'Some Layoffs' Expected As Employees Are Redistributed

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NEW YORK ( -- D'Arcy Masius Benton and Bowles, the venerable agency that began as a small St. Louis shop in 1906 and grew into the world's 14th largest agency brand, is the latest victim of industry consolidation.

Publicis Groupe, which became D'Arcy's parent after its merger with Bcom3 Group was finalized last month, is closing the agency and folding D'Arcy clients into the holding company's other agencies, several top-level Publicis executives confirmed.

Announcement expected today
An internal announcement is expected today, the same day Publicis meets with analysts in Paris to discuss its new organizational structure.

D'Arcy employees will be absorbed by Publicis' three global agencies -- Leo Burnett Worldwide, Publicis and Saatchi & Saatchi -- as well as Fallon Worldwide, "but not without some layoffs," one of the executives said.

A D'Arcy spokeswoman referred

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calls to Publicis Chairman-CEO Maurice Levy, who could not be reached for comment at press time.

Two of D'Arcy's biggest clients, Procter & Gamble Co. and General Motors Corp., seemed to know Publicis' decision was imminent. James Stengel, global marketing officer of P&G, said it had worked with D'Arcy on a transition for "a while" and that it understood the action.

"We trust it is the right decision. They're putting us first," he said. "We just want the best people on our business."

He said that any organizational change is a distraction but that P&G and D'Arcy are working "brand by brand" on a transition.

Few conflicts for P&G and Saatchi
P&G is D'Arcy's biggest account. The agency handles more than 20 products, including four $1 billion-plus brands in Charmin, Always, Crest and Folgers. Speculation has Saatchi and Burnett in line for a good amount of P&G work, as conflicts are few. Havas' Arnold McGrath, New York, and Grey Global Group's Grey Worldwide are also on P&G's roster, and may pick up some brands.

GM is 'confident'
C.J. Fraleigh, GM's executive director-corporate advertising and marketing, said through a spokeswoman the automaker is "confident" it will continue working with whichever Publicis agency D'Arcy is folded into for its Cadillac and Pontiac accounts. "We are in discussions," he said.

Publicis' Burnett is a strong candidate to land both Cadillac and Pontiac. Burnett's Chicago office handles GM's Oldsmobile brand, which disappears next year after more than a century. Rival agencies, hungry for new business, however, are already circling D'Arcy's accounts.

While D'Arcy will no longer exist, its name may still be used on some marketing services companies for a short period of time, one executive said.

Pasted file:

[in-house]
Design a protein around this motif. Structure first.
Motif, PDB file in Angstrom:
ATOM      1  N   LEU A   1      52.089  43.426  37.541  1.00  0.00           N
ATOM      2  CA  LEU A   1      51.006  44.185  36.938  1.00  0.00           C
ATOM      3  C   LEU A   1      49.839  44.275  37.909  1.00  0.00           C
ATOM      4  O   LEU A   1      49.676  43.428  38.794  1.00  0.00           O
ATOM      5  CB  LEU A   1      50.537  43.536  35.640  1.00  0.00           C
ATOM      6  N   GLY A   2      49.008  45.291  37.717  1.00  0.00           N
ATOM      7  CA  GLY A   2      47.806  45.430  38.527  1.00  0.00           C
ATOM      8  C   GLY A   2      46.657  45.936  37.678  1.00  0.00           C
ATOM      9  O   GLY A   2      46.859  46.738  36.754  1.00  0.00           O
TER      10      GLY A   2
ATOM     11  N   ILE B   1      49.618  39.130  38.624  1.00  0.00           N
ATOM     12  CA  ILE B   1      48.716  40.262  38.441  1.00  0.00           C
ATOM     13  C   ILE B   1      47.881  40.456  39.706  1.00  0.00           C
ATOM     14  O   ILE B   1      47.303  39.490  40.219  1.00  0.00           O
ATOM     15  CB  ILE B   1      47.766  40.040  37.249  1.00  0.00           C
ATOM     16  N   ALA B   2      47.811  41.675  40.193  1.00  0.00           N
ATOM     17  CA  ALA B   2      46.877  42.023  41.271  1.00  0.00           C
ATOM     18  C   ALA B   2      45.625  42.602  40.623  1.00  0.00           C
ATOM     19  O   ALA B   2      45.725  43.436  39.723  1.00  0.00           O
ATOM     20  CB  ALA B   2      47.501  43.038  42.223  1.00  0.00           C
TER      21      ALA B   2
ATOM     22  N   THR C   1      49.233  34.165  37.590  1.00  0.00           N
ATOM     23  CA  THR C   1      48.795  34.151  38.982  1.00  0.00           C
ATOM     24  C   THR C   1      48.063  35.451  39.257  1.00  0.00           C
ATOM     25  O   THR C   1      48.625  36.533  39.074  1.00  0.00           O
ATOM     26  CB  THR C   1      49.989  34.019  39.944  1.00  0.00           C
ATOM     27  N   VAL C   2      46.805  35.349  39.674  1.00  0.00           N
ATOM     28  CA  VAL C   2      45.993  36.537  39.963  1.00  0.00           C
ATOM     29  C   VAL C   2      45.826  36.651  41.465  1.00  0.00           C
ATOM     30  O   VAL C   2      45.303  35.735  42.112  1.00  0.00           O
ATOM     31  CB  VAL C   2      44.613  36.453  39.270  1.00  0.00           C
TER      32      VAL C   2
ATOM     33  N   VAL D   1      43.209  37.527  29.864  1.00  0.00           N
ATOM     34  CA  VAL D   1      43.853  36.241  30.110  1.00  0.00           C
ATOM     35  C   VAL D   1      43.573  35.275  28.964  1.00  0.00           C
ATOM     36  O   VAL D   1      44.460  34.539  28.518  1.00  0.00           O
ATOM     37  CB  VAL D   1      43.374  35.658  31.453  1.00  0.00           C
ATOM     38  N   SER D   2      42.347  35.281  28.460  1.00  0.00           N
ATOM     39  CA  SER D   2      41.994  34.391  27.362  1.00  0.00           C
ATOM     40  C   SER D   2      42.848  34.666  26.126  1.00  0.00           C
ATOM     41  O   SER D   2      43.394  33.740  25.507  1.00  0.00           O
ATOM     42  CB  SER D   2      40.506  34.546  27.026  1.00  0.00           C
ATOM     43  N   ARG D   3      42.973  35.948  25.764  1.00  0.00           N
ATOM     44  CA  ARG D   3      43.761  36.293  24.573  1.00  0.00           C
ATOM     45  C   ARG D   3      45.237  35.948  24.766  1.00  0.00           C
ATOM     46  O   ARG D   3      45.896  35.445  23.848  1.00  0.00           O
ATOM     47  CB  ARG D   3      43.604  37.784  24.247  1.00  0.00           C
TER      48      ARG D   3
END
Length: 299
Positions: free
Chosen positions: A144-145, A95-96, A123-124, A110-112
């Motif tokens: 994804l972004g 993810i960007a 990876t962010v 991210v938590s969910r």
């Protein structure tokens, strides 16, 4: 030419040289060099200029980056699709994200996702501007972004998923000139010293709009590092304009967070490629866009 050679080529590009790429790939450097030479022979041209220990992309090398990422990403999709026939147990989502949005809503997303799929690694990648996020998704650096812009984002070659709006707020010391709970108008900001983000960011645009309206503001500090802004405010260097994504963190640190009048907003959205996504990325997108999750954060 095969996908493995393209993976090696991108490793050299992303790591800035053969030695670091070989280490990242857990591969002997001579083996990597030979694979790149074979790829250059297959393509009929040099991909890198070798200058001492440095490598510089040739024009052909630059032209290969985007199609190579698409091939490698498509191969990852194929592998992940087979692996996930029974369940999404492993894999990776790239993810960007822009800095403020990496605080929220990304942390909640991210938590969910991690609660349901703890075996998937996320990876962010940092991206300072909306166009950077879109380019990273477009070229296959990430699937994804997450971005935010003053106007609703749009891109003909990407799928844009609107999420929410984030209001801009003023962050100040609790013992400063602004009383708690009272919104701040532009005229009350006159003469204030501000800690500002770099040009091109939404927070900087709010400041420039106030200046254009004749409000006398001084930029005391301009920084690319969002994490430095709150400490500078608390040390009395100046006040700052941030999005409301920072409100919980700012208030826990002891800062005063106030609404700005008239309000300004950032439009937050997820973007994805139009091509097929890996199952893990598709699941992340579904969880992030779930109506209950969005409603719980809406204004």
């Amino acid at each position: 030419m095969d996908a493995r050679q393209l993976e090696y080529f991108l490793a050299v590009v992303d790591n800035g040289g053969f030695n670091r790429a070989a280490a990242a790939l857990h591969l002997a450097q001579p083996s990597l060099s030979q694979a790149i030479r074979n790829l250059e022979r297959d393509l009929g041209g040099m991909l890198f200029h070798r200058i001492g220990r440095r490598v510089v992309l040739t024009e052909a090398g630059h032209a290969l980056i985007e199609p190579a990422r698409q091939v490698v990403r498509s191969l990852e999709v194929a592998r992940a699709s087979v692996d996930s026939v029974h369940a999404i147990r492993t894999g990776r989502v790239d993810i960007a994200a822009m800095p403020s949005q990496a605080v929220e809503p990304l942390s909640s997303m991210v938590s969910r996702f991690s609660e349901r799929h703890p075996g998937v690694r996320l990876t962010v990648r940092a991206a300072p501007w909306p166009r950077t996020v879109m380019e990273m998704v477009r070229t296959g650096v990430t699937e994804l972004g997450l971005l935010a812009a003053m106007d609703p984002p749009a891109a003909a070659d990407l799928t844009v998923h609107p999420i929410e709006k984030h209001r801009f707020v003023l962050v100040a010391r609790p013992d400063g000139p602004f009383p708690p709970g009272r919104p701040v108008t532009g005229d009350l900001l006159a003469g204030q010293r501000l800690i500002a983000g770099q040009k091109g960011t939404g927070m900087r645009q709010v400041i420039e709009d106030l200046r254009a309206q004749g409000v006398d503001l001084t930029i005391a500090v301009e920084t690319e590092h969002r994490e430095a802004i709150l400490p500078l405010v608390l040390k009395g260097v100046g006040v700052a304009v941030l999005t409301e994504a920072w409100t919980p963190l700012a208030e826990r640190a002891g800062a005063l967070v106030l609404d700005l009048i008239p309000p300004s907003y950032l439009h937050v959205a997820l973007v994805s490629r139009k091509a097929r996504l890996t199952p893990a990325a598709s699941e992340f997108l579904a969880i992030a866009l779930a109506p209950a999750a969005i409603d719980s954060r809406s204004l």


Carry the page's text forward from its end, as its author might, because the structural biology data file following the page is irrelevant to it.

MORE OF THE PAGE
Executives' fate not known
It is not known if John Farrell, D'Arcy president-CEO, and Susan Gianinno, chairman, president and chief branding officer, will have executive positions waiting for them in the new Publicis. Neither returned calls for comment.

In May, Mr. Farrell sounded an optimistic note. "Our impression of Maurice [Levy's] expectation is that we continue on course," he said. "If anything, we should pursue it even more aggressively." But one Publicis executive said Mr. Farrell is expected to leave.

Lee Garfinkel
Speculation by industry insiders has President-Chief Creative Officer Lee Garfinkel, hired in the summer of 2001 as D'Arcy's creative savior, either landing with one of the Publicis agencies as chief creative officer or starting his own shop. Mr. Garfinkel is close to the Heineken USA account, which he handled at Lowe. Heineken moved to D'Arcy last year.

D'Arcy overall ranks as the world's 14th largest agency brand, with $763 million in worldwide gross income in 2001, according to Advertising Age data. In the U.S., it is No. 11 among agency brands, with $317 million in gross income.

Inspired loyalty
D'Arcy Advertising was founded in St. Louis just after the turn of the century, serving such clients as Anheuser-Busch Cos.' Budweiser and Coca-Cola Co. It formed long-lasting bonds with many of its clients. GM's Cadillac, for instance, was at D'Arcy and its predecessor shops since at least 1915, although Campbell-Ewald held the account for two stints in the 1920s and '30s. D'Arcy also had the Mars account since 1932 until the food marketer terminated the relationship in May of this year.

Mergers and acquisitions in the early 1970s and mid-80s yielded D'Arcy Masius Benton & Bowles, owned by parent company MacManus Group, which in 2000 merged with the Leo Group to create the Chicago-based holding company Bcom3 Group.

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Jean Halliday, Kate MacArthur and Jack Neff contributed to this report.

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